pH values of the aqueous phases of all emulsions were measured using a pH-meter.

Microscopic analysis

Following dilution with almond oil, the emulsion systems prepared were examined under 100X and 40X magnification and their photographs were taken.

Centrifugation

Freshly prepared and 24-hour old emulsions were centrifuged.

Thermal stability tests

Freshly prepared w/o systems were kept at 40C±10C, room temperature (200C±10C) and 400C±10C, and investigated for possible phase separation or visual microbial contamination.

Microbiological test

Formulations incubated at 370C for seven days were inoculated in Eosin Methylene Blue Agar and Saburaud Dextrose Agar media and samples were taken at different intervals.

Rheological test

Rheological tests were performed at 200C±0.10C using a rheometer with cone-plate geometry.

Dermatological Studies

20 female volunteers, refrained from using any moisturizer, sunscreen or liquid make-up 1 week prior to study, were used. Each product was applied to the cheeks and forearms for the 24-hour measurements and to the entire face twice a day for a 4-week study. Skin moisture and sebum were measured for 24 hours; and facial (forehead and cheeks) pH, moisture, sebumand elasticity were measured once a week, for a duration of 4 weeks.The data obtained was evaluated statistically using SPSS program on the computer (5).

EXPERIMENTAL

Results and Discussion

pH values of the formulations ZJ0, ZJ1 and ZJ2 were 5.3, 4.7 and 4.3, respectively, which are appropriate for application to the skin.

All the emulsion formulations exhibited emulsion characteristics in microscopic examination. Upon centrifugation, no phase separation was observed for the freshly-prepared and 24-hour old emulsions. Considering the skin elasticity, skin sebum content and skin moisture, EC2 and ZJ2 formulations were found to be effective. On the contrary to the antioxidant and anti-aging effects ofZizyphus jujuba and Erythraea centaurium extracts (2,4), no significant data could be obtained for the skin.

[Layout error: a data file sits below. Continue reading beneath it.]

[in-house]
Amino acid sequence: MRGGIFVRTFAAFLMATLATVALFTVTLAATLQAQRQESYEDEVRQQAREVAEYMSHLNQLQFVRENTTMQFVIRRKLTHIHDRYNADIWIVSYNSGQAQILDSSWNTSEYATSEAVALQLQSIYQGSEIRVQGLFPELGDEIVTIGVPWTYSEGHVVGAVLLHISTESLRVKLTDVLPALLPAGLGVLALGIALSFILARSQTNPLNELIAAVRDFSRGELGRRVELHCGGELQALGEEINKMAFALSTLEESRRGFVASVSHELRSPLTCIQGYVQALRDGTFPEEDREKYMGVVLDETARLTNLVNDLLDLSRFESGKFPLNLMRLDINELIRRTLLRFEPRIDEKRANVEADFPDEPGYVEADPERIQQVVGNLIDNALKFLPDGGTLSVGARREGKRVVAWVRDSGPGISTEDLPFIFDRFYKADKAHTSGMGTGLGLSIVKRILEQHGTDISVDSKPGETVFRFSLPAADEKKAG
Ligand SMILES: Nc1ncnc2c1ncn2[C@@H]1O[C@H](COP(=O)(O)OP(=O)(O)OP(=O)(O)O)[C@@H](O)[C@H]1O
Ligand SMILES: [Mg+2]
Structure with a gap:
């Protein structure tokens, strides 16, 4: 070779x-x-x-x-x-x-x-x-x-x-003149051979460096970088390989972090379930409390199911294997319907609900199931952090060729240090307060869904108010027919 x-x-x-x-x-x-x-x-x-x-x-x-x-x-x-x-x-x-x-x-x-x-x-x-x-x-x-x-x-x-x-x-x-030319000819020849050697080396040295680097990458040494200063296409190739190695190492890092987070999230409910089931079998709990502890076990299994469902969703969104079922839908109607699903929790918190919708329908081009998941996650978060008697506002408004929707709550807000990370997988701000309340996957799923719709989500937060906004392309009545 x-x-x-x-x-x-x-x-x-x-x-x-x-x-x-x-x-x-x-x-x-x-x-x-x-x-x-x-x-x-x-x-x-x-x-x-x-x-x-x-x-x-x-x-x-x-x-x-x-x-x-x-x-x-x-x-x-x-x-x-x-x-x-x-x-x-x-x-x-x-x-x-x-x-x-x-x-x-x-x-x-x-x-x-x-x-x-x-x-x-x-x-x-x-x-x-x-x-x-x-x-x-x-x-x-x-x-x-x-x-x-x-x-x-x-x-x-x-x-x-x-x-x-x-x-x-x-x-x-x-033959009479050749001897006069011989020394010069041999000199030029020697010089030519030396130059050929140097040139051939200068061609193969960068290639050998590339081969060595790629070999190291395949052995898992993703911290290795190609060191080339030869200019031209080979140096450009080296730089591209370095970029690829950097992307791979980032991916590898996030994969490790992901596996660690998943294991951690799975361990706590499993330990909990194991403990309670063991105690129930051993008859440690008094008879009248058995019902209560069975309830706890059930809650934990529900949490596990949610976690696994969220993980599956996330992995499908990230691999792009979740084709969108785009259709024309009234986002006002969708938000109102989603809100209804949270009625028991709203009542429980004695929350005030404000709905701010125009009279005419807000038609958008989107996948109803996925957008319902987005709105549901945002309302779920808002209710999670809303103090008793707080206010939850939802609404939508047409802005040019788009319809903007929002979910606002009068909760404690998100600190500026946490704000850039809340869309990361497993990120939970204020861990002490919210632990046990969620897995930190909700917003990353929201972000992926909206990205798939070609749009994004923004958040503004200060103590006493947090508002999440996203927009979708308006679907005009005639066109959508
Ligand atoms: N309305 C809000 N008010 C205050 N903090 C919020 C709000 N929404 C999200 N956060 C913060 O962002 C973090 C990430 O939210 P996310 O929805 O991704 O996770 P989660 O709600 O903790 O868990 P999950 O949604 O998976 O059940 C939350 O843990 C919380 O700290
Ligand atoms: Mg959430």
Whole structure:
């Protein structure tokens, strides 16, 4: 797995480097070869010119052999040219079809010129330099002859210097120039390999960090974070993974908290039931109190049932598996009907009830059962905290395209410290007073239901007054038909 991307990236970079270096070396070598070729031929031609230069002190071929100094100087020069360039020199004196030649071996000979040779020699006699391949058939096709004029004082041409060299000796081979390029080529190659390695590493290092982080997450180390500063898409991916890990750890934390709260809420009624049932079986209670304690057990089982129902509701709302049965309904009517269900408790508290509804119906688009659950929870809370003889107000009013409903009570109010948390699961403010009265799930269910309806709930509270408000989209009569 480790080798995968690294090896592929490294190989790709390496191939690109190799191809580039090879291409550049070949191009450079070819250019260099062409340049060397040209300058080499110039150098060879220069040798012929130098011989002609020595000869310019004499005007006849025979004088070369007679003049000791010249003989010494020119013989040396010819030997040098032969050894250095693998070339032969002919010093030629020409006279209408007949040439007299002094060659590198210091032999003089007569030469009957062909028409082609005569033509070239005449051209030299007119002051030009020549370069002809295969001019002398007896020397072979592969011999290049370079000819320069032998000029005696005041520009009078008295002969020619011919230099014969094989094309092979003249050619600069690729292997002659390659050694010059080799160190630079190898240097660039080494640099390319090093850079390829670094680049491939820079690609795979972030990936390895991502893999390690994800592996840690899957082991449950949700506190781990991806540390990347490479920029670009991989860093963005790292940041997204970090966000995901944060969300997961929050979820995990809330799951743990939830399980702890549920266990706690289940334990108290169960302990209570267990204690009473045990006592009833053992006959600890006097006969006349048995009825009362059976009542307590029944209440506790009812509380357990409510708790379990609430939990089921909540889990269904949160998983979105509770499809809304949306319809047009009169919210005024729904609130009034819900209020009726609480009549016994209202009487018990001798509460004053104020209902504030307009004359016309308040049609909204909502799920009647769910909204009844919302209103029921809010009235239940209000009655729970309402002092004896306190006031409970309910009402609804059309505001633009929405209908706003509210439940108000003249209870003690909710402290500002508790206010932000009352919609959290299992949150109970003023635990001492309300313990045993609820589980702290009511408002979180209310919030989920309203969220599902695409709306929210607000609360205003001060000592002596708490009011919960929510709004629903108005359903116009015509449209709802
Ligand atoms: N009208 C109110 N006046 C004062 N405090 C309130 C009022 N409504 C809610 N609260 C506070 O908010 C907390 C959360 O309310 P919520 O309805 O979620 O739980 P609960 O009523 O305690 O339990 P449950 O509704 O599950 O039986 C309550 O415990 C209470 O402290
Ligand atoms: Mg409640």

Conclusion

Stable emulsion formulations containing Zizyphus jujuba and Erythraea centaurium extracts could be prepared and were found to remain stable during the storage time of 6 months under different conditions.

The aim of this study was the enhancement in skin elasticity, skin sebum content and skin moisture with Zizyphus jujuba and Erythraea centaurium extracts. Data obtained showed increase in different skin values, however this increase was of no statistical significance.

In spite of the scientific fact that Zizyphus jujuba and Erythraea centaurium extracts both have antioxidant and anti-aging effects, this fact could not be determined for the formulaions obtained in this study.

This may be most probably due to the partial loss in the active ingredients of Zizyphus jujuba and Erythraea centaurium during the extraction procedure.

References

[1]P. Valentao, E. Fernandes, F. Carvalho, P.B. Andrade, R.M. Seabre and M.L. Bastos, J.Agric. Food Chem., 49 (7), 3476-3479 (2001.

[2] W. Wang, W.W. Chen, C. Hsi, I. Chieh Ho, T. Chih, 11 (3), 159-161 (1991).

[3] Z.A. Kuliev, A. Malik, U.A. Akhmedov, A.D. Vdovin, Proceed. 2nd SCNC, 38, 1996.

[4] E. Graf, Free Radical Biology and Medicine,13 (4), 435- 448 (1992).

[5] G. Büyükköroğlu, Y. Yazan, Turk.J.Pharm.Sci., 1 (1), 31- 46 (2004).